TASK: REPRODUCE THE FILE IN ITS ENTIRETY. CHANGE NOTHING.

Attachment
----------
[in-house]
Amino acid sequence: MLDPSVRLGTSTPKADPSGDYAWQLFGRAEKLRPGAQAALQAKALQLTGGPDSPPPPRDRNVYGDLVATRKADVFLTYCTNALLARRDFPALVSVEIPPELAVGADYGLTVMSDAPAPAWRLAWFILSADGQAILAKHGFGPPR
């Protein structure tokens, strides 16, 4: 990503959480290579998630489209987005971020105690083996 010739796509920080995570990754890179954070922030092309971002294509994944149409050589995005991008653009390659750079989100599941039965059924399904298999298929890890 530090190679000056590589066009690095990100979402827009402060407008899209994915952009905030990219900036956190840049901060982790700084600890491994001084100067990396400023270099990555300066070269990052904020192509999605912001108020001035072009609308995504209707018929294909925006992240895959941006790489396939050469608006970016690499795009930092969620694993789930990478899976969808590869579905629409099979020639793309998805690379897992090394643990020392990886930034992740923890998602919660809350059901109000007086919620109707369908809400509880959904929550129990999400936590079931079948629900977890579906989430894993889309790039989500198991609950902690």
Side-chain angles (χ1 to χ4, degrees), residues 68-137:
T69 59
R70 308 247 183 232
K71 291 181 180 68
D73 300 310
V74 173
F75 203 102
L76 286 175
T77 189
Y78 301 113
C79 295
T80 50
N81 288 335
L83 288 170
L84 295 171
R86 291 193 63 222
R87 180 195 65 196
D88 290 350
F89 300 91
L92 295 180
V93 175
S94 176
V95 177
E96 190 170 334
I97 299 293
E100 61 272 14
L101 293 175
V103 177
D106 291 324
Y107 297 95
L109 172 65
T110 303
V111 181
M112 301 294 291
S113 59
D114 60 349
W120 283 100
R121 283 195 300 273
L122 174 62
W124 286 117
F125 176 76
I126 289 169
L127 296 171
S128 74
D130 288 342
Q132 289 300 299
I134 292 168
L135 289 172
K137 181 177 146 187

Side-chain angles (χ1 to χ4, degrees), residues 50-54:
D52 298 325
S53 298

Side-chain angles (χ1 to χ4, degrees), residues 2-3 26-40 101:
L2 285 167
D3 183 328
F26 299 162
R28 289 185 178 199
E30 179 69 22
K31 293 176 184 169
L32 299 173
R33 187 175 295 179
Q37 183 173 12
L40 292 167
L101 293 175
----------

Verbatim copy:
[in-house]
Amino acid sequence: MLDPSVRLGTSTPKADPSGDYAWQLFGRAEKLRPGAQAALQAKALQLTGGPDSPPPPRDRNVYGDLVATRKADVFLTYCTNALLARRDFPALVSVEIPPELAVGADYGLTVMSDAPAPAWRLAWFILSADGQAILAKHGFGPPR
């Protein structure tokens, strides 16, 4: 990503959480290579998630489209987005971020105690083996 010739796509920080995570990754890179954070922030092309971002294509994944149409050589995005991008653009390659750079989100599941039965059924399904298999298929890890 530090190679000056590589066009690095990100979402827009402060407008899209994915952009905030990219900036956190840049901060982790700084600890491994001084100067990396400023270099990555300066070269990052904020192509999605912001108020001035072009609308995504209707018929294909925006992240895959941006790489396939050469608006970016690499795009930092969620694993789930990478899976969808590869579905629409099979020639793309998805690379897992090394643990020392990886930034992740923890998602919660809350059901109000007086919620109707369908809400509880959904929550129990999400936590079931079948629900977890579906989430894993889309790039989500198991609950902690």
Side-chain angles (χ1 to χ4, degrees), residues 68-137:
T69 59
R70 308 247 183 232
K71 291 181 180 68
D73 300 310
V74 173
F75 203 102
L76 286 175
T77 189
Y78 301 113
C79 295
T80 50
N81 288 335
L83 288 170
L84 295 171
R86 291 193 63 222
R87 180 195 65 196
D88 290 350
F89 300 91
L92 295 180
V93 175
S94 176
V95 177
E96 190 170 334
I97 299 293
E100 61 272 14
L101 293 175
V103 177
D106 291 324
Y107 297 95
L109 172 65
T110 303
V111 181
M112 301 294 291
S113 59
D114 60 349
W120 283 100
R121 283 195 300 273
L122 174 62
W124 286 117
F125 176 76
I126 289 169
L127 296 171
S128 74
D130 288 342
Q132 289 300 299
I134 292 168
L135 289 172
K137 181 177 146 187

Side-chain angles (χ1 to χ4, degrees), residues 50-54:
D52 298 325
S53 298

Side-chain angles (χ1 to χ4, degrees), residues 2-3 26-40 101:
L2 285 167
D3 183 328
F26 299 162
R28 289 185 178 199
E30 179 69 22
K31 293 176 184 169
L32 299 173
R33 187 175 295 179
Q37 183 173 12
L40 292 167
L101 293 175